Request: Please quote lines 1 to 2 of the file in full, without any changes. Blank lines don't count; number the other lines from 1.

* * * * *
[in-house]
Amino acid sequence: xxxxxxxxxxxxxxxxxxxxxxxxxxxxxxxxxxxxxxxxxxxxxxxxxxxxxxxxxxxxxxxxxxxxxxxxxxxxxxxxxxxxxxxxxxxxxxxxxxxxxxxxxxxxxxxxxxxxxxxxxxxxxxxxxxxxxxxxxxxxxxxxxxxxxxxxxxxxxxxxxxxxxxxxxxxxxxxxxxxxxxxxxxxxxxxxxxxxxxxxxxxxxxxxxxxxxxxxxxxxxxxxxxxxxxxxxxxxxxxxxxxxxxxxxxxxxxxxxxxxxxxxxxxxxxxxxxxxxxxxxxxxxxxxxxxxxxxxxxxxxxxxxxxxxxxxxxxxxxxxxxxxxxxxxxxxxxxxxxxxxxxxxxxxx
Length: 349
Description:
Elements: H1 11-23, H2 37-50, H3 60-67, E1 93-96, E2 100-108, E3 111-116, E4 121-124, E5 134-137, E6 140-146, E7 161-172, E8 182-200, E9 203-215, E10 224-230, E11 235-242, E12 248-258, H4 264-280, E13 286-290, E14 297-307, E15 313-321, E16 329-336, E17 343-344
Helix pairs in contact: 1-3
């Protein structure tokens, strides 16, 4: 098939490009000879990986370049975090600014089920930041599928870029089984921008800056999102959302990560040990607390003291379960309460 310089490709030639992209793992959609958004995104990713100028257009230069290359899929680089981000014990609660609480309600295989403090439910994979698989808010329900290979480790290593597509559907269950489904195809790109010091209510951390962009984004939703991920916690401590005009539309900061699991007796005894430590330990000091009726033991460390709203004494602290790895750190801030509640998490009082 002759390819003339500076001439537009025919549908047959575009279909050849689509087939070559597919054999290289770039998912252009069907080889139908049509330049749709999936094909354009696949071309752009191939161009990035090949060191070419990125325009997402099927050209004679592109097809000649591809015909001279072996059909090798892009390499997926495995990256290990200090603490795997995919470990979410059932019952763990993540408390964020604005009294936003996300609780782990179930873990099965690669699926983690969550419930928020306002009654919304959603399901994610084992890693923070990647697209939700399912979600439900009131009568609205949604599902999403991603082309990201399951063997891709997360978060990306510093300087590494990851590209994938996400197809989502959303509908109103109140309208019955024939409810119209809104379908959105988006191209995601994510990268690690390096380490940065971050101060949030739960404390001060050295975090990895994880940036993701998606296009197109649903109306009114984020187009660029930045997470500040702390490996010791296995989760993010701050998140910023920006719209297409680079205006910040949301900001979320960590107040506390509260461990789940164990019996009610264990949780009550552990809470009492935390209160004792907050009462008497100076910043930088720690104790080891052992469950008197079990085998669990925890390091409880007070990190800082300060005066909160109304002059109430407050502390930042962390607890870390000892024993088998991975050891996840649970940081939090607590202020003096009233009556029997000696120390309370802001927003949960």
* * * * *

[in-house]
Amino acid sequence: xxxxxxxxxxxxxxxxxxxxxxxxxxxxxxxxxxxxxxxxxxxxxxxxxxxxxxxxxxxxxxxxxxxxxxxxxxxxxxxxxxxxxxxxxxxxxxxxxxxxxxxxxxxxxxxxxxxxxxxxxxxxxxxxxxxxxxxxxxxxxxxxxxxxxxxxxxxxxxxxxxxxxxxxxxxxxxxxxxxxxxxxxxxxxxxxxxxxxxxxxxxxxxxxxxxxxxxxxxxxxxxxxxxxxxxxxxxxxxxxxxxxxxxxxxxxxxxxxxxxxxxxxxxxxxxxxxxxxxxxxxxxxxxxxxxxxxxxxxxxxxxxxxxxxxxxxxxxxxxxxxxxxxxxxxxxxxxxxxxxxxxxxxxxx